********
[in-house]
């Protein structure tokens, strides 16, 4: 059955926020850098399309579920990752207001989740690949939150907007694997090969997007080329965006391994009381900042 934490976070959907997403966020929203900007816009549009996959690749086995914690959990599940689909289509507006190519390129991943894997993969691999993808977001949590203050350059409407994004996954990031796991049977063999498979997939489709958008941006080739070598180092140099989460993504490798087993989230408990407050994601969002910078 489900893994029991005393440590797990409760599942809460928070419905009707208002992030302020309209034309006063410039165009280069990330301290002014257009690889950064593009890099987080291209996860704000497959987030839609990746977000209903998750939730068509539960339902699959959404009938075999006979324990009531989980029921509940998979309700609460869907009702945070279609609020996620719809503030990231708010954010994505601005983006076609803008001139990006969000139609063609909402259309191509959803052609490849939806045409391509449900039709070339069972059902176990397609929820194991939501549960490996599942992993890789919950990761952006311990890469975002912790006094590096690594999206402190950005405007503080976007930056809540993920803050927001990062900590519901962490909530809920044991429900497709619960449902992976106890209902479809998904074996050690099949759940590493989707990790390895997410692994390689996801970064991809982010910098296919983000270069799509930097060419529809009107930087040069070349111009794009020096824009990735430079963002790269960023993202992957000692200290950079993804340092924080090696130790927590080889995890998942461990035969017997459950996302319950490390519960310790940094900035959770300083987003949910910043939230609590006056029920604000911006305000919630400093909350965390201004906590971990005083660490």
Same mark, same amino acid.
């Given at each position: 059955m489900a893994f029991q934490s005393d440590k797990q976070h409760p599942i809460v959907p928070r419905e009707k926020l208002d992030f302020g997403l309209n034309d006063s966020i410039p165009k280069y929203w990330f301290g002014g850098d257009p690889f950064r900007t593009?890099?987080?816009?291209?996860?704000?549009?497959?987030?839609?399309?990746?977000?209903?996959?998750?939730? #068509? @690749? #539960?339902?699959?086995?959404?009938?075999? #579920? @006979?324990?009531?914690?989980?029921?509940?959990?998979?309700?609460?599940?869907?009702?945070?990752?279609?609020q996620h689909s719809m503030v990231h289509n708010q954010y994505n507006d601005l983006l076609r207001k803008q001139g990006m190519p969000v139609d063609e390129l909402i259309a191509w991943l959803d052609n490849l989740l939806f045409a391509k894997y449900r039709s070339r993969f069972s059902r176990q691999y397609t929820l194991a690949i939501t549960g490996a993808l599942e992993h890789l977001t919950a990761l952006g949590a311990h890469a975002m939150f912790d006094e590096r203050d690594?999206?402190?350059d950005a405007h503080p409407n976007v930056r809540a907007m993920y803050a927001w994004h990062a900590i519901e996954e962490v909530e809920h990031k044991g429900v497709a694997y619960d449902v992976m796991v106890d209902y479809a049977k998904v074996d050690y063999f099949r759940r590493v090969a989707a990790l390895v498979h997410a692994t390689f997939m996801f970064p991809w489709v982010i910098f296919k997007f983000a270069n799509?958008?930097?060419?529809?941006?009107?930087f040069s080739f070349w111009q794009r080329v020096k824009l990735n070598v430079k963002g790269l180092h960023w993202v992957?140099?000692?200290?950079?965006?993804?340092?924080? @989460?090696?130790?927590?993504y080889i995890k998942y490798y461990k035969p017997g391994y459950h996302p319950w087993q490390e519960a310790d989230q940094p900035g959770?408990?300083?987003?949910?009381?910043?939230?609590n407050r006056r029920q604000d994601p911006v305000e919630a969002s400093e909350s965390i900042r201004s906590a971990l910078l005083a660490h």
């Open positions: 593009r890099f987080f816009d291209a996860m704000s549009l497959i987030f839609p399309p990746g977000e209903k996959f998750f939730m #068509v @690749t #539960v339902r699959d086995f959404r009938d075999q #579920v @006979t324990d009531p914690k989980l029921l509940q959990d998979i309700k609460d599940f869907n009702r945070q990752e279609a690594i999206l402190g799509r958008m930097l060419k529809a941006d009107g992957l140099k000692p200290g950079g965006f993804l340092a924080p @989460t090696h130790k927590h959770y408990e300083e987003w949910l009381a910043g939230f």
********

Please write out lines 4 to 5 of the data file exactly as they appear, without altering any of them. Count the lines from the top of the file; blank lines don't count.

């Given at each position: 059955m489900a893994f029991q934490s005393d440590k797990q976070h409760p599942i809460v959907p928070r419905e009707k926020l208002d992030f302020g997403l309209n034309d006063s966020i410039p165009k280069y929203w990330f301290g002014g850098d257009p690889f950064r900007t593009?890099?987080?816009?291209?996860?704000?549009?497959?987030?839609?399309?990746?977000?209903?996959?998750?939730? #068509? @690749? #539960?339902?699959?086995?959404?009938?075999? #579920? @006979?324990?009531?914690?989980?029921?509940?959990?998979?309700?609460?599940?869907?009702?945070?990752?279609?609020q996620h689909s719809m503030v990231h289509n708010q954010y994505n507006d601005l983006l076609r207001k803008q001139g990006m190519p969000v139609d063609e390129l909402i259309a191509w991943l959803d052609n490849l989740l939806f045409a391509k894997y449900r039709s070339r993969f069972s059902r176990q691999y397609t929820l194991a690949i939501t549960g490996a993808l599942e992993h890789l977001t919950a990761l952006g949590a311990h890469a975002m939150f912790d006094e590096r203050d690594?999206?402190?350059d950005a405007h503080p409407n976007v930056r809540a907007m993920y803050a927001w994004h990062a900590i519901e996954e962490v909530e809920h990031k044991g429900v497709a694997y619960d449902v992976m796991v106890d209902y479809a049977k998904v074996d050690y063999f099949r759940r590493v090969a989707a990790l390895v498979h997410a692994t390689f997939m996801f970064p991809w489709v982010i910098f296919k997007f983000a270069n799509?958008?930097?060419?529809?941006?009107?930087f040069s080739f070349w111009q794009r080329v020096k824009l990735n070598v430079k963002g790269l180092h960023w993202v992957?140099?000692?200290?950079?965006?993804?340092?924080? @989460?090696?130790?927590?993504y080889i995890k998942y490798y461990k035969p017997g391994y459950h996302p319950w087993q490390e519960a310790d989230q940094p900035g959770?408990?300083?987003?949910?009381?910043?939230?609590n407050r006056r029920q604000d994601p911006v305000e919630a969002s400093e909350s965390i900042r201004s906590a971990l910078l005083a660490h």
């Open positions: 593009r890099f987080f816009d291209a996860m704000s549009l497959i987030f839609p399309p990746g977000e209903k996959f998750f939730m #068509v @690749t #539960v339902r699959d086995f959404r009938d075999q #579920v @006979t324990d009531p914690k989980l029921l509940q959990d998979i309700k609460d599940f869907n009702r945070q990752e279609a690594i999206l402190g799509r958008m930097l060419k529809a941006d009107g992957l140099k000692p200290g950079g965006f993804l340092a924080p @989460t090696h130790k927590h959770y408990e300083e987003w949910l009381a910043g939230f």